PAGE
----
ECCENTRICTIES OF A ROARER
ECCENTRIC!TIES OF A "ROARER." BRIDGEND MAN'S JEtO HORSE. At Bridgend Police Court on Saturday, Patrick Lynch, lodging-house keeper, Bridg- end, was charged with working a horse in an I unnt state in Bridgend Road, Blackmill, on October 11th. P.O. Mendua deposed that on the day in question he saw defendant driving a horse, which was attached to a waggon laden with rags and bones. The horse was broken- winded, and defendant was whipping it, so as to accelerate its ascent. At the summit of the hill, the horse fell in an exhausted condi- tion, and was prostrate for ten minutes, until, nnally, defendant succeeded in getting it up on its legs, completely "done up." Witness asked defendant why he forced the horse up so steep a hill, and he made answer that "he was a bit of a roarer. Defendant: He's always got up other times, and I was bound to go up the hill. I couldn't stop there always. I couldn't help it. I have been driving there for 14 years." The Superintendent: We don't complain of the condition of the horse. Defendant, in reply to the Court, said he gave JE10 for the animal about five months ago. The constable: He didn't rest the horse on this occasion as he generally does. The Magistrates did not convict, but called upon Lynch to pay 4s. costs.
PORTHCAWL. POOR BtATE.—Porthcawl overseers on Mond'sy Waning decided to call for a 2s. 4d. r&te. The total rate for the six months will be 4a. im the &. I
KENFIG HILL MAN IN MESOPOTAMIA
KENFIG HILL MAN IN MESOPO- TAMIA. LAND OF DUST AND FUES. Me. D. H. Price, Kem6g Hill, haa received another highly graphic and interestina letter from his son, Sergt. A. D. Pric., who is in Meeopotamia,. Sergt. Price writes as follows, under date 14th Autzmst laat:— We ate now at another rest camp further from the firing line, refitting and waiting— for I don't know what. Before coming here we had been up to the nring line, and had sent a few rounds over the river at the Turks. The heat has been quite nendiah during the last .six or seren weeks—123 degs. in the shade is no joke, I can assure you. Now we are treated with strong hot westerly winds, laden with duet, and horrible to face. Thank goodness, they die down to a nice breeze in the eTcning, and the duet settles. The nights now down here are beautiful. I sleep (we all do) in the open, of course; not in the tents, and the cool breeze, and the comparatiTC ab- sence of mosquitoes and sand-niea combine to giro one a perfect night. It was not so in July, while up the line. Ther nighta were hot and thick with insects, the worst being the sand-nies, which are so smaU that they penetrate your netting and your blankets even, and bite like anything. I uaed to retire clad in under-pante, socka, a net round my head a.nd neck, and all inside a mosquitoe curtain, with my hands and face smeared with paramn oil or vaseline, when available. Talk about sweat and misery! We had to keep in our tents between 9 a.m. and 6 p.m. to try to sleep, with the mercury steadily climbing up'and threatening to over- now the tube. I was pretty eeed y for about three or four weeks. Had what the doctor called "catarrh/' though it was & kind of fever. My temperature used to mount with monotoBoua regularity to 104 in the after-j noona, and sink to 101 degs. in the momtoga., I didn't go to hoepitaJ, as I did not want to get separated from the battery, but waa treated by the brigade ctootof—got doeed w!th quinme, etc. I got better «nd strengthened slowly, acud am now 6t agant, and my lega don't !oo6t quite so mucB tike No. 11, oW Kuj) tegs, as we caD them. We are c!oae to the rivet again, and I aaan- age to bathe every day, and the weather is slightly cooler. I could hardly recognise the old river when I saw it this time—shrunk into a mere shadow of itself in April, and choked with sandbanks. Of course, I had read tba& it dropped to a depth of about 4 to 6ft., but still it surprised me to walk over a quarter of a mile of what was once a turbed rapid flood so as to reach the present water's edge. We are more comfortable than we were a month ago. A fine double-ny E.P. tent, about 15ft. by 30ft., holds seven sergeants; so you see we are not crowded. These are really beautiful tcnta, and keep the heat and dust out very well. You can hardly conceive the amount of dust ¡. we encounter here. The roads are tracks across the dried and caked soil, which has been crumbled by hoofs and wheels to a fine impalpable powder, about 6in. to Sin. thick in places. The other day we came down here from the last camp (about 15 milea away), along euch a road, and forming part of a huge convoy. The wind was blowing from behind, so the dust was carried with us. We were four vehicles abreast, at doee intervals, and in broad daylight you could not see the wagon on yoruf Sank in the worst places. Here and there the road crosses a piece of land sat- urated with ealt, and consequently moist and dusttess. The relief then is great, and you look behind and see the vehicles emerge from the yellowiah gloom amd the dust cloud, and wonder if your own tace is as dirty as your neighbour's. As a general rule, I am mounted on my mare when on the march, but this time I rode on a wagon, and got thoroughly dusted. As an outrider you can ride about 30 yarda on the flanks of the con- voy, and, of course, you carefully choose the windward aide. I erpect in a few months that duet will be changed to mud. Well, let us hope that we shall be away from here by that time. Our horses have stood the heat of the summer fairly well, and so, on the whole, have the men o< our battery. Of course,, there have been a number of sick, but most of them have returned to us. Only one of our men succumbed to the heat—& young man from South Wales, Corporal Lewis, and one with whom I was very friendly and inti- mate from the time we were at Newbridgo (Ireland, autumn of 1914).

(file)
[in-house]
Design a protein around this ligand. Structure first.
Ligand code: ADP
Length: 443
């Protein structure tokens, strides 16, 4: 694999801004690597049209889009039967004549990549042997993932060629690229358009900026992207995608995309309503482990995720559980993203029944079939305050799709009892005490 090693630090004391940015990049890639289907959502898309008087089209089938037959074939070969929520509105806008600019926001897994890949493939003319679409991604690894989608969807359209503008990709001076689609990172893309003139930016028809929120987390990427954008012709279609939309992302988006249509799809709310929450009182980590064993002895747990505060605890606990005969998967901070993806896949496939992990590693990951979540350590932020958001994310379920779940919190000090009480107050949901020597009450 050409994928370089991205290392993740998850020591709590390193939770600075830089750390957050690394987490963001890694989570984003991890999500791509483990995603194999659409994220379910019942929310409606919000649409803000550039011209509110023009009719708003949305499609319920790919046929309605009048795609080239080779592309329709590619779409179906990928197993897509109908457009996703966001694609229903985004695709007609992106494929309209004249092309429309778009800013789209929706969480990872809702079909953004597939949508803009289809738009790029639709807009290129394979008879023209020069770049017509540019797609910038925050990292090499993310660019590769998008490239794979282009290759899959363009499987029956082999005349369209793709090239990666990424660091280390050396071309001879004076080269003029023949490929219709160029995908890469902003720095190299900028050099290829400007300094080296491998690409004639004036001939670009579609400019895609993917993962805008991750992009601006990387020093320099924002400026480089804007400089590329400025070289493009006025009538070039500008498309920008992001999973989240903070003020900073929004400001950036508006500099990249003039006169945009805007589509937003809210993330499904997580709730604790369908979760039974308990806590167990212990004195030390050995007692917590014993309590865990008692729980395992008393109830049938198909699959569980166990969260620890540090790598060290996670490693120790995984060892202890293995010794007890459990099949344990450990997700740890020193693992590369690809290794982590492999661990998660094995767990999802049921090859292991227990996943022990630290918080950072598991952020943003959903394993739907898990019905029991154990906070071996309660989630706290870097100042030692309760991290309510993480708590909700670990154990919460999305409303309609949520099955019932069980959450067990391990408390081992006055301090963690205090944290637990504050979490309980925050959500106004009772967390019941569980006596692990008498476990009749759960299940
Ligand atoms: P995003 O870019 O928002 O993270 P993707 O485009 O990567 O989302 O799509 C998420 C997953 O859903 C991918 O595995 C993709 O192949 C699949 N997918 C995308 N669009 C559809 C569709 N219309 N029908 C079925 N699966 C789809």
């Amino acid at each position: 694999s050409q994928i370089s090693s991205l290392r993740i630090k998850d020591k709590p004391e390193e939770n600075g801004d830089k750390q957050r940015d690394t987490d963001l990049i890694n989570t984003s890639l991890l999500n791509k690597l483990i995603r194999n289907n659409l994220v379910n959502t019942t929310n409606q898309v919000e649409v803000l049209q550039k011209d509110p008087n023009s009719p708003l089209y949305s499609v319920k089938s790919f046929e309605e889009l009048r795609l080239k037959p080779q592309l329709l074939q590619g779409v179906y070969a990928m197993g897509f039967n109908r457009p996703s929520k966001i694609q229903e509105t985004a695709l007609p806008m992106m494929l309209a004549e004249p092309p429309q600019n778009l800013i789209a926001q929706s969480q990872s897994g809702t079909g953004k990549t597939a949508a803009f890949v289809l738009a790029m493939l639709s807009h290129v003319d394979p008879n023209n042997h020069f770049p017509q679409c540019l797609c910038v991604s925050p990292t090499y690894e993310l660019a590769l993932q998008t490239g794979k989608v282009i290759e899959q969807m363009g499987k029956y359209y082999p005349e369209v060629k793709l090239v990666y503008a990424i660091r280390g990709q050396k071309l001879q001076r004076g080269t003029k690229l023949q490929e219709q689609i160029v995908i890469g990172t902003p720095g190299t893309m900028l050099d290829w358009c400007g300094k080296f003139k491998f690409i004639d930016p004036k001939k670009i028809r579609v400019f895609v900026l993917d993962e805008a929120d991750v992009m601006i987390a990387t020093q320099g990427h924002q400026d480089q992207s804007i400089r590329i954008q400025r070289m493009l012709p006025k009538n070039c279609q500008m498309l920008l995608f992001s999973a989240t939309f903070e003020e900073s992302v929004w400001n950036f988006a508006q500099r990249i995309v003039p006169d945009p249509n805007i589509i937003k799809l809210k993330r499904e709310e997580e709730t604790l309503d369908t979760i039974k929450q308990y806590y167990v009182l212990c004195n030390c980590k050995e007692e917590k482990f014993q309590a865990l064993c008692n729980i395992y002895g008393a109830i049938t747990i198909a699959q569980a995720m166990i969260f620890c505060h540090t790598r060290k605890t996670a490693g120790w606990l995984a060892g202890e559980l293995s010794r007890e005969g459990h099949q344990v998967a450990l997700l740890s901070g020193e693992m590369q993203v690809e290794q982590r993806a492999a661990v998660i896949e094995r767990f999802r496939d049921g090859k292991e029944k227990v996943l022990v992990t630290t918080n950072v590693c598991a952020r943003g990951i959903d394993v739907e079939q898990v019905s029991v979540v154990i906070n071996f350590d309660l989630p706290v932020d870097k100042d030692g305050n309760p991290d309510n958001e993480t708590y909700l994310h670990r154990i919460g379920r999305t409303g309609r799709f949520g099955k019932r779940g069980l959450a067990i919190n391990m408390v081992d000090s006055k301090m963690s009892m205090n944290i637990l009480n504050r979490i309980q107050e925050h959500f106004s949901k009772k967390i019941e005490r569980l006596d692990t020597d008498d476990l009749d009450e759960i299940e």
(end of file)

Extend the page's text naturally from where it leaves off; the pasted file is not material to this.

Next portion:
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HEOLYCYW AND DISTRICT NOTES
HEOLYCYW AND DISTRICT NOTES By "SILURIAN." Nothing but the pressure of other work in- cidental to tha unparalleled crisis from which our beloved country will shortly emerge tri- umphant, h
TONDU AND MERKENFIG
TONDU AND MERKENFIG. CONCERT TO WOUNDED-Miss BloOwen Hopkin's concert party gave an excellent en-* tertainment to the wounded soldiers on Fri4 day evening last week. SOLDIERS' AND SAILORS' FAMILIES. —A meeting is to be convened for the pur4 po
COWBRIDGE. LIEUT. DUNN'S WILL.—Lieut. Francis Wnii&m Morgan Dmm, Welsh Iteginient, ot The Cross, near Cowbridge, who was killed in Ga,IHpoR on AnguRt 10th, 1915, has left estate of the gross value of L3,750. The will is proved by Frederick Bvan Philip Dm"m, of The Cross, engineer, brother, a.nd Bawar